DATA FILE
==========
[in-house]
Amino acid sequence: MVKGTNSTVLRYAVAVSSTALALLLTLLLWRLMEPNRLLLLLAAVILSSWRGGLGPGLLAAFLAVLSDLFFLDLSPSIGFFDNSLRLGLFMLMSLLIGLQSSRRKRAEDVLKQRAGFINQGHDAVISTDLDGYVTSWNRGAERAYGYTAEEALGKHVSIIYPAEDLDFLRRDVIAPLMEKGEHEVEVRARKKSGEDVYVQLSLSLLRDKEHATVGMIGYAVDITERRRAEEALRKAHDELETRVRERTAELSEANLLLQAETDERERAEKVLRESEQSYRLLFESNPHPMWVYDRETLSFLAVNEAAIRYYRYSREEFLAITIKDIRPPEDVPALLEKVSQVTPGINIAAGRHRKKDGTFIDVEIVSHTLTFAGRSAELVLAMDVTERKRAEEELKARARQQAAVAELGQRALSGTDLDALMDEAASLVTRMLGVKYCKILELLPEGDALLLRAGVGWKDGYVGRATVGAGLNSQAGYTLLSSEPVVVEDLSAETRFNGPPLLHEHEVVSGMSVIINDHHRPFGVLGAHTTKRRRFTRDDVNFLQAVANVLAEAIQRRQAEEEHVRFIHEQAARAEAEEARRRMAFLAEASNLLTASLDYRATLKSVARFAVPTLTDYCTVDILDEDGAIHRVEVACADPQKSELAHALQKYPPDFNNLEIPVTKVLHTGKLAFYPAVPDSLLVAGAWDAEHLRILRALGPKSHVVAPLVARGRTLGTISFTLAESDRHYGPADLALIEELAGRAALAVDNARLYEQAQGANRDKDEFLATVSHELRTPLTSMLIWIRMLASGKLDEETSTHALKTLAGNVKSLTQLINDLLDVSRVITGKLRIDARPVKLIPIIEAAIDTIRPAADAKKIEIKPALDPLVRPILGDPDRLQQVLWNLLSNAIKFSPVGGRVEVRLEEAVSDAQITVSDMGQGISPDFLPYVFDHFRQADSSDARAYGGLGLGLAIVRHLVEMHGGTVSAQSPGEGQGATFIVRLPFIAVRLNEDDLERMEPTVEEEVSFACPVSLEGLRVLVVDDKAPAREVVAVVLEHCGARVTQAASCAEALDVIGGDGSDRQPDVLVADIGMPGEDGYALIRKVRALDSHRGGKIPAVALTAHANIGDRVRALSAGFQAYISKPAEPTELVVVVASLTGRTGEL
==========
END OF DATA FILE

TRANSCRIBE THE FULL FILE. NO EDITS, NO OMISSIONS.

[in-house]
Amino acid sequence: MVKGTNSTVLRYAVAVSSTALALLLTLLLWRLMEPNRLLLLLAAVILSSWRGGLGPGLLAAFLAVLSDLFFLDLSPSIGFFDNSLRLGLFMLMSLLIGLQSSRRKRAEDVLKQRAGFINQGHDAVISTDLDGYVTSWNRGAERAYGYTAEEALGKHVSIIYPAEDLDFLRRDVIAPLMEKGEHEVEVRARKKSGEDVYVQLSLSLLRDKEHATVGMIGYAVDITERRRAEEALRKAHDELETRVRERTAELSEANLLLQAETDERERAEKVLRESEQSYRLLFESNPHPMWVYDRETLSFLAVNEAAIRYYRYSREEFLAITIKDIRPPEDVPALLEKVSQVTPGINIAAGRHRKKDGTFIDVEIVSHTLTFAGRSAELVLAMDVTERKRAEEELKARARQQAAVAELGQRALSGTDLDALMDEAASLVTRMLGVKYCKILELLPEGDALLLRAGVGWKDGYVGRATVGAGLNSQAGYTLLSSEPVVVEDLSAETRFNGPPLLHEHEVVSGMSVIINDHHRPFGVLGAHTTKRRRFTRDDVNFLQAVANVLAEAIQRRQAEEEHVRFIHEQAARAEAEEARRRMAFLAEASNLLTASLDYRATLKSVARFAVPTLTDYCTVDILDEDGAIHRVEVACADPQKSELAHALQKYPPDFNNLEIPVTKVLHTGKLAFYPAVPDSLLVAGAWDAEHLRILRALGPKSHVVAPLVARGRTLGTISFTLAESDRHYGPADLALIEELAGRAALAVDNARLYEQAQGANRDKDEFLATVSHELRTPLTSMLIWIRMLASGKLDEETSTHALKTLAGNVKSLTQLINDLLDVSRVITGKLRIDARPVKLIPIIEAAIDTIRPAADAKKIEIKPALDPLVRPILGDPDRLQQVLWNLLSNAIKFSPVGGRVEVRLEEAVSDAQITVSDMGQGISPDFLPYVFDHFRQADSSDARAYGGLGLGLAIVRHLVEMHGGTVSAQSPGEGQGATFIVRLPFIAVRLNEDDLERMEPTVEEEVSFACPVSLEGLRVLVVDDKAPAREVVAVVLEHCGARVTQAASCAEALDVIGGDGSDRQPDVLVADIGMPGEDGYALIRKVRALDSHRGGKIPAVALTAHANIGDRVRALSAGFQAYISKPAEPTELVVVVASLTGRTGEL